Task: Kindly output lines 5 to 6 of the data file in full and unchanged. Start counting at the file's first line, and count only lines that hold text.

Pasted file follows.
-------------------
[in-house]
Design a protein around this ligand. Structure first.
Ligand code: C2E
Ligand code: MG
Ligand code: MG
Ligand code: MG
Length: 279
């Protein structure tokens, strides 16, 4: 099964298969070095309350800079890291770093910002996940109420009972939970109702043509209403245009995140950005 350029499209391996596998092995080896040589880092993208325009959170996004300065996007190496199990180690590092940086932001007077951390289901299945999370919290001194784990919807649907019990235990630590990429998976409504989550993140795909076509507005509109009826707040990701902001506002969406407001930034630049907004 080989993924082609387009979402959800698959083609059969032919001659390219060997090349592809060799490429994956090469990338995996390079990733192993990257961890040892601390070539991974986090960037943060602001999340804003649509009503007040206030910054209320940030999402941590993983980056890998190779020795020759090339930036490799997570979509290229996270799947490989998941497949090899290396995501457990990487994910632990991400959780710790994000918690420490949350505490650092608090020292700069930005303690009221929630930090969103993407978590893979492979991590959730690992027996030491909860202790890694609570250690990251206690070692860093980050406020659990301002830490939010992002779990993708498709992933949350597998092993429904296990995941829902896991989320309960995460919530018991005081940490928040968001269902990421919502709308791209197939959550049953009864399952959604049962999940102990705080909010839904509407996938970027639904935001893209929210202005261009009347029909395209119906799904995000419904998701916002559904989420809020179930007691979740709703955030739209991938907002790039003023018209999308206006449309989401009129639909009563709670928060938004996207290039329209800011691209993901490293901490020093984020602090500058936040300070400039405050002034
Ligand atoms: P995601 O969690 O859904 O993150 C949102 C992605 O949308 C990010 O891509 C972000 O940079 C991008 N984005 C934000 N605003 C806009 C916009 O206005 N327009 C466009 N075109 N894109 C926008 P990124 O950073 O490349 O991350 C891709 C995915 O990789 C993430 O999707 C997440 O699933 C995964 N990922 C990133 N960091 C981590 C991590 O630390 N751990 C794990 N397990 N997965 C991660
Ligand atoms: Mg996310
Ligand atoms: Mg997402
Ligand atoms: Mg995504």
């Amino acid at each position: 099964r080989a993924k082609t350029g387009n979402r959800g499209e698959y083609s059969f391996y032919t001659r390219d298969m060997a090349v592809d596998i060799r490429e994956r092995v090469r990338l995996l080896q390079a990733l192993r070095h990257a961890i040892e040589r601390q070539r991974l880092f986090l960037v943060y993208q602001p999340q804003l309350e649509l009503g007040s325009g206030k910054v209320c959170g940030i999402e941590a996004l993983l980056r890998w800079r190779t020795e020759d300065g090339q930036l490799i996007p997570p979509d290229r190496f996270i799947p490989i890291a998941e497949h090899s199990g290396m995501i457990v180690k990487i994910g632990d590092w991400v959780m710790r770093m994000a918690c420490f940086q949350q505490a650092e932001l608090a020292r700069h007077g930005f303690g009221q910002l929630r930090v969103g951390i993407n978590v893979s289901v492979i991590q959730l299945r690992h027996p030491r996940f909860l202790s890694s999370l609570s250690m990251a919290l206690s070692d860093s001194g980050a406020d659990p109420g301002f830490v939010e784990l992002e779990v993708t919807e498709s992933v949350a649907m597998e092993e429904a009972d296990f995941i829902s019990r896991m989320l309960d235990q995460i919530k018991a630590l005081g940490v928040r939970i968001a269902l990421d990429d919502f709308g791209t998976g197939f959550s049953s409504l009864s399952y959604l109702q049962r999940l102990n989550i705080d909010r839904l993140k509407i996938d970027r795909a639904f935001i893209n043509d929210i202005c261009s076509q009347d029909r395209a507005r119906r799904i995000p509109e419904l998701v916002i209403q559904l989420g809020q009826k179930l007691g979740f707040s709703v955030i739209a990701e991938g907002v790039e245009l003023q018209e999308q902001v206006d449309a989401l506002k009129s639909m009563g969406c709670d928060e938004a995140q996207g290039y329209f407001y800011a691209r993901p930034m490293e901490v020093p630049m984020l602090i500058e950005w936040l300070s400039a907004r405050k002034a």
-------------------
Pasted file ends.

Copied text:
Ligand code: MG
Ligand code: MG